Interview: Thomas Allen- Military Secrets Revealed at Last | HistoryNet MENU

Interview: Thomas Allen- Military Secrets Revealed at Last

5/29/2018 • Military History Magazine

With publication of his book Declassified: 50 Top-Secret Documents that Changed History, historian and author Thomas B. Allen opens the curtain on what amounts to an alternate view of some of the most famous and decisive military conflicts in history. From Elizabethan England to the Iraq War, here are the ploys, the devices, the deadly games, the crucial secrets that explain what really happened and why, as well as what the leaders knew and when they knew it.

What are the earliest known instances of military espionage?

In the Bible [Numbers 13] are references to spies involving Moses: He sends a representative from each of the tribes to Canaan. He wants an intelligence report with a variety of responses. In this case he gets 12.

Who was the first spymaster known to history?

Sir Francis Walsingham worked for Queen Elizabeth I and is the first spymaster who really runs a network. He had spies in the court of the king of Spain, court of the king of France, the Vatican. He got merchants—who could easily travel—to feed him information. And he was a cryptographer. He worked out some pretty good code systems.

Did other governments learn about espionage from Walsingham?

There isn’t anything like him until the American Revolution, where you find military intelligence on both sides. With his discovery that Dr. Benjamin Church was a British spy, George Washington wakes up to the idea that he’s not just going to run an army, he’s going to do military intelligence.

How did Washington come to be regarded as “the father of American intelligence”?

With Major Benjamin Tallmadge, he set up a network primarily in New York, and they work with a codebook. It consists of three digits that refer to a word or to a person. Washington is 711. Washington comes up with all of this. The proof is in his papers; he has long, detailed instructions on the use of invisible ink. He says to write an ordinary letter and then write between the lines using invisible ink. Washington—I don’t know where all this comes from. It’s marvelous.

What kinds of intelligence would Patriot spies have pursued?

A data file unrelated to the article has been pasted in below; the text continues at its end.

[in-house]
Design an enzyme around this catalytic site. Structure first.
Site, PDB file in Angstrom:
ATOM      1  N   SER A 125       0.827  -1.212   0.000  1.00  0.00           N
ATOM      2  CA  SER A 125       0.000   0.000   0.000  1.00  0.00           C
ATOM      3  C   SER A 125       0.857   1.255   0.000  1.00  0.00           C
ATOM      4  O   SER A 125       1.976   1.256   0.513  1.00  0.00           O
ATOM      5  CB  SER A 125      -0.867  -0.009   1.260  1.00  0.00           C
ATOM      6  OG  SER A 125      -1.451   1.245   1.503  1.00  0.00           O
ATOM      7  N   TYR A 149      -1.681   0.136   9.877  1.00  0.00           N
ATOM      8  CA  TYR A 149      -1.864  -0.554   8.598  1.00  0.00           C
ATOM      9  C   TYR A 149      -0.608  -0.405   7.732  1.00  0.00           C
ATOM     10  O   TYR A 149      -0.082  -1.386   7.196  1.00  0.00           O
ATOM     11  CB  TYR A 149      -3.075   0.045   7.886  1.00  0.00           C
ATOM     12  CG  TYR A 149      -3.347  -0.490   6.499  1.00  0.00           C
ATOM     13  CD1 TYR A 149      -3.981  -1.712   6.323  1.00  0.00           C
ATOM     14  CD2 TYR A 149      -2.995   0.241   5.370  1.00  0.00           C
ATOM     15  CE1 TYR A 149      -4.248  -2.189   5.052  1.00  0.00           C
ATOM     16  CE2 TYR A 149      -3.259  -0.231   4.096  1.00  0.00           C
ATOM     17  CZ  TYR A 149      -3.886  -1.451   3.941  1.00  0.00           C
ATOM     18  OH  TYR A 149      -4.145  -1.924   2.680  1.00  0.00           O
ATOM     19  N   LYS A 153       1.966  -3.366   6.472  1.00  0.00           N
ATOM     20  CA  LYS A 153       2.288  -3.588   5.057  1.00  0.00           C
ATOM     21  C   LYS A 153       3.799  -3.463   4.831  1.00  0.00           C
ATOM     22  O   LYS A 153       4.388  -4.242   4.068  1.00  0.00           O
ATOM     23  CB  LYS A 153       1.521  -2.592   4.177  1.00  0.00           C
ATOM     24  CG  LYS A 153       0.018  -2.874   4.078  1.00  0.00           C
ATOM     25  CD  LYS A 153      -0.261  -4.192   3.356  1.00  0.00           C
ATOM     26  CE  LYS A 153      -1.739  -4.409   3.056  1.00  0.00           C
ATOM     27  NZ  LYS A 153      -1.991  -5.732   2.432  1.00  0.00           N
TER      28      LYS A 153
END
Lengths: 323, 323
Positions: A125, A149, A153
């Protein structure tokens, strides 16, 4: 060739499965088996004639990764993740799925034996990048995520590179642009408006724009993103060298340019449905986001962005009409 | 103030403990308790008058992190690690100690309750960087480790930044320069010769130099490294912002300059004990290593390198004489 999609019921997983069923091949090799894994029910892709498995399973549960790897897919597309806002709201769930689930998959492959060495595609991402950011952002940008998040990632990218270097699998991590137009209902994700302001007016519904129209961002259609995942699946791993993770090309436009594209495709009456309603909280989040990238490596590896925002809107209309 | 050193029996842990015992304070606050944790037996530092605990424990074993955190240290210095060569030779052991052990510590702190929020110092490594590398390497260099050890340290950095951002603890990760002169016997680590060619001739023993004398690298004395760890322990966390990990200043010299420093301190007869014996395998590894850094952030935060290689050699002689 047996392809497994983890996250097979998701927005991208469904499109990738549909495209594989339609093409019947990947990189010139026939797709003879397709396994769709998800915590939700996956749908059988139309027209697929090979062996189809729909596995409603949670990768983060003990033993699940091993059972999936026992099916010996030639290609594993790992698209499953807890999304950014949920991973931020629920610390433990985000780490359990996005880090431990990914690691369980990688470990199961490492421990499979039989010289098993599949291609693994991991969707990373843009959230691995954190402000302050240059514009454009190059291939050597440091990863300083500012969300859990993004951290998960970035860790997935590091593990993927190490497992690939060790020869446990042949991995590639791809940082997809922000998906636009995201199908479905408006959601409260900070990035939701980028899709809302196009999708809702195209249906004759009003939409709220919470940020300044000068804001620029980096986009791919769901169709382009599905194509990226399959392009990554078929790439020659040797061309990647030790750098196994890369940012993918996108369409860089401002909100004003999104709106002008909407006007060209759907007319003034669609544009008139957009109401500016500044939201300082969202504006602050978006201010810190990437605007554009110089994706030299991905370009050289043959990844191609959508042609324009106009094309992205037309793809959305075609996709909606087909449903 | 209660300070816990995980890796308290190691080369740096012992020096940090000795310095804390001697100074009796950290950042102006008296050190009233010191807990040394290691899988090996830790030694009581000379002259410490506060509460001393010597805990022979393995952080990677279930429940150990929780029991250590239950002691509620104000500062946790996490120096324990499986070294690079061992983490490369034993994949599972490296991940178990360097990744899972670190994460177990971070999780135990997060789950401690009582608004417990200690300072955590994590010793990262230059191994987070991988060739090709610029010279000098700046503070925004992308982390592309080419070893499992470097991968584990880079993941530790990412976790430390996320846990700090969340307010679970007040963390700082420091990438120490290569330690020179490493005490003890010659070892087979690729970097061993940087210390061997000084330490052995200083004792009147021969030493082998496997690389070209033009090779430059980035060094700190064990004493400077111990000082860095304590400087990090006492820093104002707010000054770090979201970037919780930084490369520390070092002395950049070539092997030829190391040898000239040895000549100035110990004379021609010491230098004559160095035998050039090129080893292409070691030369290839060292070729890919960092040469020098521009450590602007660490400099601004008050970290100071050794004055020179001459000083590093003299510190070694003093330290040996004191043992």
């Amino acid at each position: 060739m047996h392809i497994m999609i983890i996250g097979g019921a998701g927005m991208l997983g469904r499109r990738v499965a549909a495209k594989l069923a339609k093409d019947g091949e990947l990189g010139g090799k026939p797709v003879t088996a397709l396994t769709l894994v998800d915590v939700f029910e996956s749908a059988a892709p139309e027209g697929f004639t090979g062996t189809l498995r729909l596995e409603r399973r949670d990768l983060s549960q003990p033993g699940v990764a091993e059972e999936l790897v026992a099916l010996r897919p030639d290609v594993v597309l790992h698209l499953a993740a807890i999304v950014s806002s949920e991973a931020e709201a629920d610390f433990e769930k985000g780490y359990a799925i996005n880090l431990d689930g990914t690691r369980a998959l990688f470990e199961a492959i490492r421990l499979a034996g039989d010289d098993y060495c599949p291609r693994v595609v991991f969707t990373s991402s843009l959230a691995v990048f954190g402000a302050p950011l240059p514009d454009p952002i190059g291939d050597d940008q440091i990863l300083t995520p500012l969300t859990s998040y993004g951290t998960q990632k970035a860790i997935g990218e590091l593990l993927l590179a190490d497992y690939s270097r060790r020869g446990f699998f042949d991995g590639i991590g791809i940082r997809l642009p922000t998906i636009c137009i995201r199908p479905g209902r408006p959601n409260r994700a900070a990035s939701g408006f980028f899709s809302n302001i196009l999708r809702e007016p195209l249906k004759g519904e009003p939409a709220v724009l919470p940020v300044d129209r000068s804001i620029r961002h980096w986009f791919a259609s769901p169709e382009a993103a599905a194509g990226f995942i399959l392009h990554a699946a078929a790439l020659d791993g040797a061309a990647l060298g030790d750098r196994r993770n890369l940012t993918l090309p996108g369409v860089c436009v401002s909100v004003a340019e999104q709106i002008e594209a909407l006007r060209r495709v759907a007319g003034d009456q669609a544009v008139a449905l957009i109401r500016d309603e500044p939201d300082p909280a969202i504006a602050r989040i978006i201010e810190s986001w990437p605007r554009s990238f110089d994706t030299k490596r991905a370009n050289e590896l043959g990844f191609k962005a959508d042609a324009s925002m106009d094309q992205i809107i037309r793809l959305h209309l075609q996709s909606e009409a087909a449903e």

They were looking for solid military information. How many cannons? How many men? Count the tents.

Did Washington do counterintelligence?

Yes. A guy comes to him volunteering to be a spy. Turns out he was a British spy, and Washington turns him and runs him as a double agent. There are things like that all through the Revolution. Washington learned that Church’s mistress had delivered a letter that was supposed to go to a British officer but wound up in Patriot hands. It’s a bunch of numbers and letters, so Washington gives it to two bright guys he knows. He tells each one to crack it. They do, and both come up with the same solution. It was very wily of Washington to have two people do it.

Did Washington’s successors build on his espionage efforts?

No, it all goes away. But we still don’t know the full extent of Washington’s activities and probably never will.

When does the U.S. resume active military intelligence?

The Civil War. The Confederates set up a secret service. The Union never really set up a formal military intelligence operation. They hire what they call “detectives,” and one of them is Allan Pinkerton. Under an assumed name, he goes on the staff of George McClellan. He provides pretty bad intelligence, though he does crack one attempt to assassinate Abraham Lincoln when Lincoln was on his way to his inauguration. But there’s no real military intelligence apparatus in the Union; it’s just every Union general for himself.

When did the U.S. military create a formal an intelligence unit?

Around the time of the Philippine insurrection, an officer says: “We don’t really have any intelligence. We’re fighting these guerrillas, and we don’t know a thing about them.” He develops an intelligence apparatus in the Philippines. But when we enter World War I, we still don’t have one. Of course, the French, British and Germans all have incredible intelligence operations. So in World War I we start something called the Military Intelligence Department.